Cells were washed and lysed with a cell lysis buffer (RIPA lysis and extraction buffer, Thermo Fisher) containing protease and phosphatase inhibitor cocktails. RNA was purified using RNAzol RT (Molecular Research Center) following manufacturer instructions. SERPINC1 and VDR gene expressions were determined by qRT-PCR by using specific TaqMan probes (Hs00166654m1 and Hs01045840m1, respectively) and β-actin constitutive reference gene (Hs99999903m1) (both from Applied Biosystem). The results were expressed as relative gene expression respect to the internal control gene β-actin using the comparative CT method also referred to as the 2CTmethod.

Statistical analyses

Association betweengenetic modifications and plasma anti-FXa activity was tested by a Student's t-test following a dominant model and adjusted for factors described to influence antithrombin levels (age, gender and the SERPINC1 rs2227589 polymorphism, a functional polymorphism in intron 1) [15,21]. Data are presented as mean ± standard deviation. This analysis was carried out using the Statistical Package for Social Science (SPSS version 15.0, USA) considering statistically significant as p<0.05.


In silico search for vitamin D response elements (RXRα/VDR) in SERPINC1 gene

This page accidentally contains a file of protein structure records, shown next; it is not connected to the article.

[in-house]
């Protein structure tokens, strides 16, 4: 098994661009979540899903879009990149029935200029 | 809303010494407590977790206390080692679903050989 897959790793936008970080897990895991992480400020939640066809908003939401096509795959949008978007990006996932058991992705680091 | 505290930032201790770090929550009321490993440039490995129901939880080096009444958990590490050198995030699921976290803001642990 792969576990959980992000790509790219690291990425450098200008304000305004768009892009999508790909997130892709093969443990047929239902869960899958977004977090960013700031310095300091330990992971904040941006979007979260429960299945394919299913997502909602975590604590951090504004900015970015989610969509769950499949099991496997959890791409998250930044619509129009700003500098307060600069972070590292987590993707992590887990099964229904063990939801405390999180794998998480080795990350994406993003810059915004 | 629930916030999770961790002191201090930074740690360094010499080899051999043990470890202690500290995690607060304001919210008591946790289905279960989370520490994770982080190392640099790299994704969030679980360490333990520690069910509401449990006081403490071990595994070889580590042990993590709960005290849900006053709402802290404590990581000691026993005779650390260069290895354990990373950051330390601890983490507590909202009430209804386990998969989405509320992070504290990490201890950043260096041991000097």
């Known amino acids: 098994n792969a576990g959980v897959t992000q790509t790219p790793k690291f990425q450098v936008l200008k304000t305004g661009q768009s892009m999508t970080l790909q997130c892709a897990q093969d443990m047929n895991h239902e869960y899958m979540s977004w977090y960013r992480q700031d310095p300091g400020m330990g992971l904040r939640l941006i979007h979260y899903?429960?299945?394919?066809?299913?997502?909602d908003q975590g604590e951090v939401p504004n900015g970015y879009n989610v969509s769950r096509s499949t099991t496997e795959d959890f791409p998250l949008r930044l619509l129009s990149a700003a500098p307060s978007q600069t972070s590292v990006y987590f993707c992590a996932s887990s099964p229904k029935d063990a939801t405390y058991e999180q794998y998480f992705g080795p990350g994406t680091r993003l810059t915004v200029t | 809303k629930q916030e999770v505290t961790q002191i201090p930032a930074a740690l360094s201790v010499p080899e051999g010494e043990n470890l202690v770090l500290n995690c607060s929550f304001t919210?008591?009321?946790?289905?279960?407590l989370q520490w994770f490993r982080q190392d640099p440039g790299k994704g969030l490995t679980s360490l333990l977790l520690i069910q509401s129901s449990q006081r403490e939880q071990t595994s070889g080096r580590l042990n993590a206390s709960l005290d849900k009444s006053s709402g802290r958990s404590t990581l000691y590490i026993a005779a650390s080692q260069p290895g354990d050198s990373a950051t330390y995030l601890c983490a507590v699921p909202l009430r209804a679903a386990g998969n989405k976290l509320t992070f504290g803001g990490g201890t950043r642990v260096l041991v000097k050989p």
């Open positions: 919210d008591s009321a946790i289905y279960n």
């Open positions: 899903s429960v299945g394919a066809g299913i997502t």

In silico prediction of potential regulatory regions affected by thec.1-171 C>G, described previously by our group in a patient with mild antithrombin deficiency [12] identified potential binding sites for hepatocyte nuclear factor alpha (HNFα) thyroid receptor alpha (TRα), chicken ovalbumin upstream promoter-transcription factor I (COUP-TFI), and retinoid X receptor alpha/vitamin D receptor (RXRα/VDR). Interestingly, JASPAR predicted two additional VDREs located very close(strand: -1 AAGTTTTAAAGTTCA; strand:-1, GGGGAACTGAGGTCA) all these three elements at 200 bp to the ATG initiation codon. These VDREs were confirmed by PROMO and Genomatix, in all predictions with high scores (Fig 1).This finding together with the evidences supporting a role of vitamin D in the control of SERPINC1 [22] encouraged finding additional VDRE in SERPINC1. We screened the presence of additional VDREs in SERPINC1 by JASPAR software. This analysis revealed 3potentially strong VDREs in SERPINC1; two in the intron 1 and one in theintron 2 with high predicted scores (11.2–12.5) (Fig 1). It is important to point out that the gene encoding parathyroid hormone (PTH), whose vitamin D transcriptional regulation is well known [23], has two VDRE in intron 1 predicted by JASPAR software with similar scores (11.5 and 14.8).